What is it about?

An important task of forensic psychologists and psychiatrists is to assess how likely it is that a person who has committed a violent crime will reoffend. To make these predictions more objective and accurate, so-called risk assessment tools have been developed. However, they often focus on risk factors (e.g., substance misuse) and tend to ignore individual and environmental characteristics that can actually reduce the risk of reoffending (e.g., a supportive social network). The SAPROF is a practical tool for assessing protective factors. In our article, we tested its performance as a predictor of non-reoffending by summarizing the findings of 39 studies.

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Why is it important?

The assessment of risk factors alone is neither complete nor fair. We showed that including protective factors improves prediction accuracy and helps to get a better picture of an individual’s needs for treatment and supervision. Ultimately, this will help to reduce reoffending.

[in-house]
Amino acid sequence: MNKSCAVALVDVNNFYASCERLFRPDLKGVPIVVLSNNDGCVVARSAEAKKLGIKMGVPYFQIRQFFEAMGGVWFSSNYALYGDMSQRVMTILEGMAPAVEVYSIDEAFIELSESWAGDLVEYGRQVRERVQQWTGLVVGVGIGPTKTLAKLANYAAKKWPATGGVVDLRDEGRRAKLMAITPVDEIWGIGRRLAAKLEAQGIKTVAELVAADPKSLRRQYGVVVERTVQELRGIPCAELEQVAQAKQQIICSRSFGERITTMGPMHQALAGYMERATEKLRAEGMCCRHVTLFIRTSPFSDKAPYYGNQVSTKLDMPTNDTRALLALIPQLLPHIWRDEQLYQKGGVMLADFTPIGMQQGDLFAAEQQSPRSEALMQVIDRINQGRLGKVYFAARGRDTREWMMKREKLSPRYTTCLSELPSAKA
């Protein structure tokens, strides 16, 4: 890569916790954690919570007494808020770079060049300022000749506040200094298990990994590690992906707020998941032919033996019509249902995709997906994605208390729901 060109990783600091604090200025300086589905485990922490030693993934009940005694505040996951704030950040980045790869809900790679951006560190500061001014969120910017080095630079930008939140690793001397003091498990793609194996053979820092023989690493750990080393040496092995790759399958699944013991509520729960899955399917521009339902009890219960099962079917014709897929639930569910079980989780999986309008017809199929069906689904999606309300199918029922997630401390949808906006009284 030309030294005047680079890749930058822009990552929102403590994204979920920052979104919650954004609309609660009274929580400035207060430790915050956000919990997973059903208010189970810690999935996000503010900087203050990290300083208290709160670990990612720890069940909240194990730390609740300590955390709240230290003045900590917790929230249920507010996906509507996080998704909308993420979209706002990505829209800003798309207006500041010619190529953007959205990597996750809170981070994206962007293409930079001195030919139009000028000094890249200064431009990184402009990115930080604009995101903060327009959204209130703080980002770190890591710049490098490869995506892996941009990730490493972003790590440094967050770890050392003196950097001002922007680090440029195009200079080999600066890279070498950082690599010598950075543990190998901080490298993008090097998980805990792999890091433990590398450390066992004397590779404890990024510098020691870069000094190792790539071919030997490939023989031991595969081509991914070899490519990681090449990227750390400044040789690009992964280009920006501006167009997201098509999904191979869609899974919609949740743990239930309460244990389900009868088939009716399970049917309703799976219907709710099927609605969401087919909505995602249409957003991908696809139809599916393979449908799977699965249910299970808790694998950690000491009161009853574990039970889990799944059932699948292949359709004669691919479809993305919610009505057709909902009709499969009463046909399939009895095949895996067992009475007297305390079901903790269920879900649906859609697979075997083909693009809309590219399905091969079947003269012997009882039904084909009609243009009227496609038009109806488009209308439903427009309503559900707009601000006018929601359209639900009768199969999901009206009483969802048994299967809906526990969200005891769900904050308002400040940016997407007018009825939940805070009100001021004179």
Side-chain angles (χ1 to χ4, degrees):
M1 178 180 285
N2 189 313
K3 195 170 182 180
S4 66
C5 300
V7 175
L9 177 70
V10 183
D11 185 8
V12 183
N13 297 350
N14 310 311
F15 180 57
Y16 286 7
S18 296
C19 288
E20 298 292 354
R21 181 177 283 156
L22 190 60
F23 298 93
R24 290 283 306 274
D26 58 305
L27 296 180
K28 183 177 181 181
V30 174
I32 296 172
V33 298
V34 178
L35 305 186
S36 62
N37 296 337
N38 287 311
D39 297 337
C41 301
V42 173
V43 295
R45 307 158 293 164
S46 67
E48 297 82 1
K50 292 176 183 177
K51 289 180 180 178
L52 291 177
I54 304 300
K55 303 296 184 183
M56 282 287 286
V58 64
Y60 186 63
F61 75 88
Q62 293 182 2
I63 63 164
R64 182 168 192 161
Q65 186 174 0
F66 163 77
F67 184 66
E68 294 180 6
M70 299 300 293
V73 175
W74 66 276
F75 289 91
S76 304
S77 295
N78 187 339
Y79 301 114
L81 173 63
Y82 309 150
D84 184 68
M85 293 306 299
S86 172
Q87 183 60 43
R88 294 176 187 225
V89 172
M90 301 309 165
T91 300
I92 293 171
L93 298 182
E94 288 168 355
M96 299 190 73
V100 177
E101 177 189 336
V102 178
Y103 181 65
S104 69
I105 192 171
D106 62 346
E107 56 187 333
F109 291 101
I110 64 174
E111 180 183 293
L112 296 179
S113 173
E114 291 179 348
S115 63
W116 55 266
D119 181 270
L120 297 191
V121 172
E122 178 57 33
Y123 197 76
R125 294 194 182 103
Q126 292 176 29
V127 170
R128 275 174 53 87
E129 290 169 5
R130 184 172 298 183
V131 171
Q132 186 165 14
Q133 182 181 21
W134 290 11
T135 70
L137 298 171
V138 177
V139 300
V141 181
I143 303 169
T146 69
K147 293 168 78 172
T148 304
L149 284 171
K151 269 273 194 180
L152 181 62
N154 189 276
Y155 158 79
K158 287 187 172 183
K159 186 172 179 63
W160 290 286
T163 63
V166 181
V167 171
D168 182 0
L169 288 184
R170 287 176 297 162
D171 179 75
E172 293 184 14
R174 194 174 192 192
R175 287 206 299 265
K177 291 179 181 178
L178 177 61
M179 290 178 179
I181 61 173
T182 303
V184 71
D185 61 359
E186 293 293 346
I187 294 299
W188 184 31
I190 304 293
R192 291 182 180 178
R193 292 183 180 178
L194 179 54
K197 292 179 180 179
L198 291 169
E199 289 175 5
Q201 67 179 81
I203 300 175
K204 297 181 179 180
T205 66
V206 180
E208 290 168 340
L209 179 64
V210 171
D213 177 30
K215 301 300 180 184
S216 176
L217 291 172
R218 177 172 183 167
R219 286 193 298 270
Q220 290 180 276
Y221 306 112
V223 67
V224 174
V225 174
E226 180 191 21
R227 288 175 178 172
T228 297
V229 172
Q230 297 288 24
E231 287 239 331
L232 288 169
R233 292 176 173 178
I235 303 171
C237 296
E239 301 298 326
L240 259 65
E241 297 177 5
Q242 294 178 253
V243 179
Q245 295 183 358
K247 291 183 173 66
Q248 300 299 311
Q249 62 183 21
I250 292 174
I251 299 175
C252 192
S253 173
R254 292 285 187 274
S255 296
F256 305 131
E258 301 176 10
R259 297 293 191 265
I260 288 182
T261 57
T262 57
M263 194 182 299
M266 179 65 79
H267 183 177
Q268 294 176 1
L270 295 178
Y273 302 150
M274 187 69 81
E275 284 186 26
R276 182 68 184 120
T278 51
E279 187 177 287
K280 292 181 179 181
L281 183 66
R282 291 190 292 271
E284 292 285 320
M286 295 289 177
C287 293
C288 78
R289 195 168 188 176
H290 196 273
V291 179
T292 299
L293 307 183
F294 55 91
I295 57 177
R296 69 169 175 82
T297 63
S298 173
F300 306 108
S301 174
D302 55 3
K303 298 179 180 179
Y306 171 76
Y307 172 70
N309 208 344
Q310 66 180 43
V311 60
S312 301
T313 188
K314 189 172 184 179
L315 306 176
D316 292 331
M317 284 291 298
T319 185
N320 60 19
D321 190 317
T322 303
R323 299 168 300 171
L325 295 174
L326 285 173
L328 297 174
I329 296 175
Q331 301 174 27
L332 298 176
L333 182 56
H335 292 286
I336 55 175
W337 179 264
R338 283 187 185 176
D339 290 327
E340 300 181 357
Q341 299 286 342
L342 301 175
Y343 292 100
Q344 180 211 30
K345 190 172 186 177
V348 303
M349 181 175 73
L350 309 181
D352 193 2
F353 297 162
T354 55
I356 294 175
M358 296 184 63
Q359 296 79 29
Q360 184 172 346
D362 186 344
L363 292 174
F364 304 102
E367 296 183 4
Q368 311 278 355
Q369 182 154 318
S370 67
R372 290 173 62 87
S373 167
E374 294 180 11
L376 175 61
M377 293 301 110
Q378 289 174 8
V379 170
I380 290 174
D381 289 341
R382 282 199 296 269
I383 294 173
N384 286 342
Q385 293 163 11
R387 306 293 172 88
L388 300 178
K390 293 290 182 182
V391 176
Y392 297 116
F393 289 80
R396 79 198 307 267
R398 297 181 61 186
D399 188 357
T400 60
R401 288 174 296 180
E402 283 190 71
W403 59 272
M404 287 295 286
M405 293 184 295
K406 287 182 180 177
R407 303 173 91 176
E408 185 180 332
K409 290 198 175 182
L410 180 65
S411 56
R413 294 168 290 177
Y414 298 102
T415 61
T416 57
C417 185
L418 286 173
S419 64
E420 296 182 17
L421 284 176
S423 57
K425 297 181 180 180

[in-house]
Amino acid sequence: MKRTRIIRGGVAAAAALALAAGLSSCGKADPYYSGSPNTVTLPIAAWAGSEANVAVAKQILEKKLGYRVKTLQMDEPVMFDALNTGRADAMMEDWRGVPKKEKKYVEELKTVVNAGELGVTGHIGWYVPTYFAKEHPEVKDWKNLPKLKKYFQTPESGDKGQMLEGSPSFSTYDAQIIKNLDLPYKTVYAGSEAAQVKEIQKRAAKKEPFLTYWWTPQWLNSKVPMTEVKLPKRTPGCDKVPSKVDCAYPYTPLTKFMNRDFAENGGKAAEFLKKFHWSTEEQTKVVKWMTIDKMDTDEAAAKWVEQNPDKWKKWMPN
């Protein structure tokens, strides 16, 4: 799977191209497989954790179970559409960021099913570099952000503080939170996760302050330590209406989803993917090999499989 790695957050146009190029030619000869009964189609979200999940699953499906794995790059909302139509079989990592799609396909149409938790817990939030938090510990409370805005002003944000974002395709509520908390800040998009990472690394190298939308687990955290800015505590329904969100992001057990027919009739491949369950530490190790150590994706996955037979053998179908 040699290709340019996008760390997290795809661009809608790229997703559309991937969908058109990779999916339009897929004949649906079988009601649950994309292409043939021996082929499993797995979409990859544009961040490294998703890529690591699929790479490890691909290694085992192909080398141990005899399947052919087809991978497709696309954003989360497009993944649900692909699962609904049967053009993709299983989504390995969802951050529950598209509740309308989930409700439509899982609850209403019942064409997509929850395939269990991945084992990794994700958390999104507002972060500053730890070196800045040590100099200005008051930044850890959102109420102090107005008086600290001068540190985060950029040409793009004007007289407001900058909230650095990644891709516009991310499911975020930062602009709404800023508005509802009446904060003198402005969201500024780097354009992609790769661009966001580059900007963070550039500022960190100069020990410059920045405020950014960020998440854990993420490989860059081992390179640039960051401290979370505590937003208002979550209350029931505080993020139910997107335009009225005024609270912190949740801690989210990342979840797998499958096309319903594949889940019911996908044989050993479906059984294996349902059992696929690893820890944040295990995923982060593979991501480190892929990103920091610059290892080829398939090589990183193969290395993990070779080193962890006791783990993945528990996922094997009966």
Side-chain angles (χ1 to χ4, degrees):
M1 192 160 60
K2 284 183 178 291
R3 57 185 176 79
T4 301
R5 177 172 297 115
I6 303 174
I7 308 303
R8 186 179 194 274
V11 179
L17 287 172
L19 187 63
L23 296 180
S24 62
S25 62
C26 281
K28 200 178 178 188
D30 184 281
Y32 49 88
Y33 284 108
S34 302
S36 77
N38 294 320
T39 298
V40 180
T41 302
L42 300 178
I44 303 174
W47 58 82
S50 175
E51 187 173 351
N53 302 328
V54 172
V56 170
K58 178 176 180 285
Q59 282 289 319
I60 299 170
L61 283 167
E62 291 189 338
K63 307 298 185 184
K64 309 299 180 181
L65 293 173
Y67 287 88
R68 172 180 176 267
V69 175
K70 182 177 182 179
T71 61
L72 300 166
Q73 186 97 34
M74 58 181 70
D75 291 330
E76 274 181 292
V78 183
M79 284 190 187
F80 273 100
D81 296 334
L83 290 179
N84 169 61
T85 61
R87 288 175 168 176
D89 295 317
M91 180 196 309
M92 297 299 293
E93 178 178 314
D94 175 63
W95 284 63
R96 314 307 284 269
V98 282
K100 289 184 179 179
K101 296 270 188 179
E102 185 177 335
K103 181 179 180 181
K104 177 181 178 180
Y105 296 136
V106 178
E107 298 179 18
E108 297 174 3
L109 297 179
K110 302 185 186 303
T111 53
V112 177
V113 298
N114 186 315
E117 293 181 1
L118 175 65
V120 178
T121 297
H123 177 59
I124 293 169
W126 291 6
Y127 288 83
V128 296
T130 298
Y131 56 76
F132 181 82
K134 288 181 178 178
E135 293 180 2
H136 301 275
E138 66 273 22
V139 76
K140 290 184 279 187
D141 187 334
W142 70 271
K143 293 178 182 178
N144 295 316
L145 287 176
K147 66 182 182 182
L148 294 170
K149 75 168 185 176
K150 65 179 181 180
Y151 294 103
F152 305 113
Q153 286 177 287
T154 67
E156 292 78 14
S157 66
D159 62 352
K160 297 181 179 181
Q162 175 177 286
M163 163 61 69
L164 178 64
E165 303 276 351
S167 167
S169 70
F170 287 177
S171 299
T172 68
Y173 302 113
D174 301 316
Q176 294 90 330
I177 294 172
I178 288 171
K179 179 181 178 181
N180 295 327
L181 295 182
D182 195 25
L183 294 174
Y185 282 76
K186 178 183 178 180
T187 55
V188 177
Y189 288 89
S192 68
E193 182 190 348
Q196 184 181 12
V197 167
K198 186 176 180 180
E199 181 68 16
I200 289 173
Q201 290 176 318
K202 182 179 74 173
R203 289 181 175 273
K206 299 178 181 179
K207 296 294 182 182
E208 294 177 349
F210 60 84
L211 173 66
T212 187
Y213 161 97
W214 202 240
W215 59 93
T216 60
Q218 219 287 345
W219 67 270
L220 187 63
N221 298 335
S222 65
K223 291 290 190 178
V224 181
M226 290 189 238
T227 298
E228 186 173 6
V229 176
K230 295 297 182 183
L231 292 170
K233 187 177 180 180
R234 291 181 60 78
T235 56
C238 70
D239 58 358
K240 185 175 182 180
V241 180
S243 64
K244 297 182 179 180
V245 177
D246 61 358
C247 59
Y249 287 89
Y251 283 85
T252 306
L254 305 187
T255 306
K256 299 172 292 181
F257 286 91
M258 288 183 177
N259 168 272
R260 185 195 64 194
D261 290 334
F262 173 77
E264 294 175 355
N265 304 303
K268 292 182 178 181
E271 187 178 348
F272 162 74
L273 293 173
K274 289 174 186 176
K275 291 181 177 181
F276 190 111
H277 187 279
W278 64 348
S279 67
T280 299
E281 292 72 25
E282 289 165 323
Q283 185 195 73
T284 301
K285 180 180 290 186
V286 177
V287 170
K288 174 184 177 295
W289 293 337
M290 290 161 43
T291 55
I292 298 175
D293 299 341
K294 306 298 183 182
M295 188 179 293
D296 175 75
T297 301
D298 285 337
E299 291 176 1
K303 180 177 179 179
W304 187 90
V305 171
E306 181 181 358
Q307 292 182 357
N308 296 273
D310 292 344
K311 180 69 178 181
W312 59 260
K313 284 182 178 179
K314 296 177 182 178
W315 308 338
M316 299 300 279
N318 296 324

I hope that our article will encourage forensic experts to routinely incorporate protective factors in their risk assessment.

Matthias Burghart
Universitat Konstanz

Read the Original

This page is a summary of: The Structured Assessment of Protective Factors for violence risk (SAPROF): A meta-analysis of its predictive and incremental validity., Psychological Assessment, October 2022, American Psychological Association (APA),
DOI: 10.1037/pas0001184.
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